When the events of my life, over months and even years, became very focused…it seemed that the world continued to bustle as usual…rushing…filling…overflowing and moving on. All the while, my own focused days became slower. They became extremely sharp- edged. They became very specific.
These recent days… for example.
Since mid January, there is a particular rhythm to my days. I know that particular rhythm through the events that occur, predictably, around the clock. I find myself in the very same place at any particular hour. Some times it feels as though I am reliving time. Some would liken it to deja vu. The name plates beside the doors change, but the events do not.
It was a day like every other except that one of the temporary name plates read, Milton Born With a Tooth. I drifted past because, well, a person just doesn’t stop in front of some one else’s door and I was, after all, in the rhythm of my schedule, the very same that I had lived the day before. But, Milton’s name stuck with me. Didn’t his life somehow intersect with mine? YES! I’ve written, over time, about my love for the river. This passion began while living in the University of Lethbridge residence, perched on the edge of the Oldman River in southern Alberta. Graduating with my degree in 1977, I had established a connection with the river that would, as it turned out, never be broken. It was in the mid 80s, here in Calgary, that I became engaged with the group, the Friends of the Oldman River as Ralph Klein’s government seemed to be pressing ahead with the construction of a dam that would, in my view, impact our indigenous brothers and sisters, the environment and encroach horribly on species native to the region. I was appalled.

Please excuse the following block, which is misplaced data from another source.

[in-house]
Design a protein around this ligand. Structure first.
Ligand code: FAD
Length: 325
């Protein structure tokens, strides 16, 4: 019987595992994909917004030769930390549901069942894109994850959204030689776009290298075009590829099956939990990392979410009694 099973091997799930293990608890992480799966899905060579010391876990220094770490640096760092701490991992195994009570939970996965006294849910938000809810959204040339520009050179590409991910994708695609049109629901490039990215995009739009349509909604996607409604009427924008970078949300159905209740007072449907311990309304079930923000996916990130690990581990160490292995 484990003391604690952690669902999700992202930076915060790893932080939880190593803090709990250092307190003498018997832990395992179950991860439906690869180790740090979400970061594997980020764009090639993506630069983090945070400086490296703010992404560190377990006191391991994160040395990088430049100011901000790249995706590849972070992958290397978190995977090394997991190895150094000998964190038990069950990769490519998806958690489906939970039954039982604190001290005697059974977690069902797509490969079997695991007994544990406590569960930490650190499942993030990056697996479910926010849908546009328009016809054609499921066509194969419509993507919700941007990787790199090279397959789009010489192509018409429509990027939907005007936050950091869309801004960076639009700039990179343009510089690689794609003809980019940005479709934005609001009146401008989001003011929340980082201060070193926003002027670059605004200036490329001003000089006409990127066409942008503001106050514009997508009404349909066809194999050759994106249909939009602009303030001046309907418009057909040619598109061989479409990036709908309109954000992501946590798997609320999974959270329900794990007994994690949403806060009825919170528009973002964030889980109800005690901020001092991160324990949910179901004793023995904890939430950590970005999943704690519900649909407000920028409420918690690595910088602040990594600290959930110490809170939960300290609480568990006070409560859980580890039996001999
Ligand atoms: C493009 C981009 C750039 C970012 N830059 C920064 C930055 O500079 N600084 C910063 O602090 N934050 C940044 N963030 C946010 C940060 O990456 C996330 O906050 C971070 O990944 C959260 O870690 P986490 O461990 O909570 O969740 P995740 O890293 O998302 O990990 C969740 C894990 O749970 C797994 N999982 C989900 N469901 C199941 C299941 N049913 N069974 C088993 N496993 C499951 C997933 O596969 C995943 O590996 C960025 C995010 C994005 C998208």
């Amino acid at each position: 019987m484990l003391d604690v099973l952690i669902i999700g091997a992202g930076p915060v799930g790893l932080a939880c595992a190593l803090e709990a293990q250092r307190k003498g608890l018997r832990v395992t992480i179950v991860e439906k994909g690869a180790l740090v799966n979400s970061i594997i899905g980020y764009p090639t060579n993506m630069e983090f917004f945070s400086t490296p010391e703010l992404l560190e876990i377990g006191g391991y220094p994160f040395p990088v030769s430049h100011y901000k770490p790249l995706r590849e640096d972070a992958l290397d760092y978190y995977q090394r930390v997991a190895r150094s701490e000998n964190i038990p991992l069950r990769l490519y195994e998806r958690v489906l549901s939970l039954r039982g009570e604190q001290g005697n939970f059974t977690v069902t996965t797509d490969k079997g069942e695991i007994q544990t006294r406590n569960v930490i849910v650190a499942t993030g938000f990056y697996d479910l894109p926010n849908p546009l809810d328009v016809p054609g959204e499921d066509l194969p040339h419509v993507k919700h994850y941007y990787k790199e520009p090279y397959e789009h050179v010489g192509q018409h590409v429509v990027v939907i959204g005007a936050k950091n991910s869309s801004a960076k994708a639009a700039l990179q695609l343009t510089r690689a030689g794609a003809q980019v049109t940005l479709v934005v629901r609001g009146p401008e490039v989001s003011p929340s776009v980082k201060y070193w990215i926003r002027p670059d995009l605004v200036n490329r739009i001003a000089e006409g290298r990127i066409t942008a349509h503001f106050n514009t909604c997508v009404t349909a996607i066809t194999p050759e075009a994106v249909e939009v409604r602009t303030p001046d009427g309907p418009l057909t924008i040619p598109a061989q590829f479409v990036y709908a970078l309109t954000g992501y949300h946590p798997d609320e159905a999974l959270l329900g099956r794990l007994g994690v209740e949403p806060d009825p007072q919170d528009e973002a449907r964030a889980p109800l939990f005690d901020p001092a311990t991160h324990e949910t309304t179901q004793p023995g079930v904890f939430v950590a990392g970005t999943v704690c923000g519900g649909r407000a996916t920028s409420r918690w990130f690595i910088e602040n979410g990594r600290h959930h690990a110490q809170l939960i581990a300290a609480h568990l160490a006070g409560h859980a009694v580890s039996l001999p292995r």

At this point, my readers are asking themselves, ‘how is this connected to your subject, Kath?’ Remember, please, my original premise…that in the workings of my narrowing life, my experience is broadening.
Yesterday I attended a marvelous book discussion at the Fish Creek Library. The book, Separation Anxiety, by Miji Campbell was easily read in the week following our February book discussion. I’m smitten by this group of women… so smart, fun and accepting. While my days are very overwhelming, generally, and while I need to be very responsible and engaged as a caregiver, I will move sun and moon in order to carve out time for this book discussion group.